Voltage in the Pool

Flintstone55

Member
Mar 18, 2020
24
Baton Rouge, Louisiana
Hi All -- longtime (relatively) lurker, first-time poster. I've found a few links discussing this topic, but I haven't found (or I missed it) info on how to address this problem. I'll start with a quick dot-dash of my experience, pool and situation:
  • This my first pool and I'm not an electrician (far from it, I've just recently learned to how to use a multi-meter)
  • I purchased this home with an 18,000 gallon in-ground pool (roman style shape) that is surrounded by concrete decking/patio
  • I live in a small town in Louisiana which does not require inspections and has only recently adopted/required building codes
  • The pool (according to the pool guy I have who put in the liner and installs pools for a living) is not bonded. There appears to be no ground wire from the pool infrastructure (i.e., concrete decking/patio and/or aluminium frame) to the grounding pole that is used to ground the pool filter equipment
  • The pool has a vinyl liner (which I recently had replaced) that appears to be attached to an aluminum type frame
  • It is a salt water pool, and it contains a single non-LED light fixture, fountain and some kind of steps to enter the pool (plastic/concrete type stairs?). There are no ladders, there is no heater/heating element
  • There is an in-ground power outlet right next to the pool decking (coming out of the ground) for powering the Dolphin pool cleaner or music or whatever power tools you'd want to landscape around the pool
  • The outlet, pool light and filter are attached to a breaker box (each with it's own breaker) by the pool filtration system and next to the house. Power is coming from the house (wires were run through the exterior wall of the house to the pool filter. This was an add-on to the house and it has it's own breaker box which has a breaker for the aforementioned breaker box that is on the exterior. The internal breaker box in that part of the house is connected to a breaker box in the main part of the house....So 3 breaker boxes that are each connected....this info will become important later
So that's the background, now the situation. I found an experienced pool installer (who also replaces pool liners) who was willing to come out to "the sticks" to replace my faded pool liner, check the equipment and take me to "pool school". He was cautious before he took the job and said that he doesn't enjoy fixing other folks bad work, but that my pool appears to be put in by someone who used to work with his father. So he took the job and replaced the pool liner, the pool light fixture, re-wired the outlet (which was not protected from the elements and had stopped working) and took me to "pool school". My wife went for our first swim and while we were in the pool and both hanging on the side of the pool, we both (at the same time) got a "tingling" shock from the brick trim (and concrete we were touching on the decking/patio. This occurred with our me having turned all the breakers off on the external breaker box....the pool guy had been having trouble with the exterior outlet and pool light, so I felt safer going in the pool by turning all of the breakers off.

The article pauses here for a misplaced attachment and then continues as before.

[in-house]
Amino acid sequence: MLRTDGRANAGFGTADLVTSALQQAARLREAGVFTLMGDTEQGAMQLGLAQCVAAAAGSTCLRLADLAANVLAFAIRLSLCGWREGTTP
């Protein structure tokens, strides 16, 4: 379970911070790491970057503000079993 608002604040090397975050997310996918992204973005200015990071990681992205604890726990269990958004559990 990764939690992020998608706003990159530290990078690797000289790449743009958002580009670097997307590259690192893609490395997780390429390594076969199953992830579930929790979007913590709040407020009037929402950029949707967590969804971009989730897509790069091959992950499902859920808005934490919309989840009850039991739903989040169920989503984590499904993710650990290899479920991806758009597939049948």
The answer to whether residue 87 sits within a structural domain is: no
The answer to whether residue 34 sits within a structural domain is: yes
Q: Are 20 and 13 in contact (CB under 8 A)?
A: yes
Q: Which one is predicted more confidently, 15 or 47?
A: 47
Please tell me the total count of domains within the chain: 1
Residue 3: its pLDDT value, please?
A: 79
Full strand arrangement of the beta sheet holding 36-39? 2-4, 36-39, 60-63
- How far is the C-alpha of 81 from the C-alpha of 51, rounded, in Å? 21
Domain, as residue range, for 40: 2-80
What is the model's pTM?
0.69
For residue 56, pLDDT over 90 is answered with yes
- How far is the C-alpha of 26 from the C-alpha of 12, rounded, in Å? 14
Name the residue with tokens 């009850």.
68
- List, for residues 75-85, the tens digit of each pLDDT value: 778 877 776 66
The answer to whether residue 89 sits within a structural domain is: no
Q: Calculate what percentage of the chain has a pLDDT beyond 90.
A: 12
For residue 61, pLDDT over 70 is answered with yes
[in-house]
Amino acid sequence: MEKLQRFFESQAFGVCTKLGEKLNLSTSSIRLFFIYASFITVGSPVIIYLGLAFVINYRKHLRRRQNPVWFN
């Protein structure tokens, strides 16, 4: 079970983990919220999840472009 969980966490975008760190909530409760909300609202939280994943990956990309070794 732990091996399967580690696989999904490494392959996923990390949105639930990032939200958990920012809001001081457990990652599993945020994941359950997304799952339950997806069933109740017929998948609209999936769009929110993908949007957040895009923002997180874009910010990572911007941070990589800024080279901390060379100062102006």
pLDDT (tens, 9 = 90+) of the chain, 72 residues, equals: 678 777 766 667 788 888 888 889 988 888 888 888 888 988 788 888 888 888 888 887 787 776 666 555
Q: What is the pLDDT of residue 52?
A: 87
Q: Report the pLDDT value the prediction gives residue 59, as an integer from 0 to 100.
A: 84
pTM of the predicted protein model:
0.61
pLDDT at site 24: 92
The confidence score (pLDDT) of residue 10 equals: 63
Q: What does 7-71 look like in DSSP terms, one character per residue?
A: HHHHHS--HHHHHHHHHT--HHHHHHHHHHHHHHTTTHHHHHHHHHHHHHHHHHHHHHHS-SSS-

As this is getting to (or past TLDR territory) let me bullet out what has been done and checked:
  • Pool guy got an electrician on the phone and he talked him through checking breakers and electrical work. Pool guy brought his teenage son and him kneel on the deck and put his arm in the water with the decking wet and experience the tingling. When the pool breaker was thrown from off to on with the kid doing this, he actually jumped backed from a painful shock.
  • Pool guy was stumped, but after testing everything and installing an anode between the pump and the water going to the pool, the problem was still there. He recommended I get an electrician to check everything out and potentially contact my power company about stray voltage.
  • I got an electrician and after he checked to make sure the breaker wasn't "leaking voltage", we turned off all 3 breakers (the main house, the add on, the one by the pump/filter system) and were still measuring 3 volts in the pool water and at the aluminum strip of the pool frame. He suggested we try sinking three 10 foot copper rods and run copper wire around the pool (which is really around the decking/patio area) to try and "bond" or at least "catch" the stray voltage.
  • I sank the 10 foot copper rods in (with only 6 inches of pole showing), and got 4 gauge (yep, could've used 8 gauge but wanted something REALLY sturdy) and ran the wire in a continuous loop around the pool connecting to the 3 copper rods and connecting the last copper rod to the "known" ground rod over by the pool system. It's 200 feet of wire and as I started to dig the trench (only going in 3 to 4 inches), I thought I should check and see if maybe by some miracle the voltage had magically found my poles and was tossed deeper into the ground. Before sinking the poles, I had used my cheapy Harbor Freight freebie voltmeter/multimeter and got 2 volts in the water. After sinking the rods and wiring them together, but before burying the wire, my measurements showed 6 volts in the pool!
  • I relayed the new larger voltage reading to the electrician who came out, inspected my work, took his measurements with the Fluke multimeter and came up with 6 volts in the pool -- this after the breaker was turned off -- with the breaker on, it read 7 volts.
So the electrician (like the pool guy) is scratching his head and recommending calling the power company about stray voltage....which I'm going to do. But this is not a great power company, my past dealings with them on simple stuff like trees in the power lines have not gone well.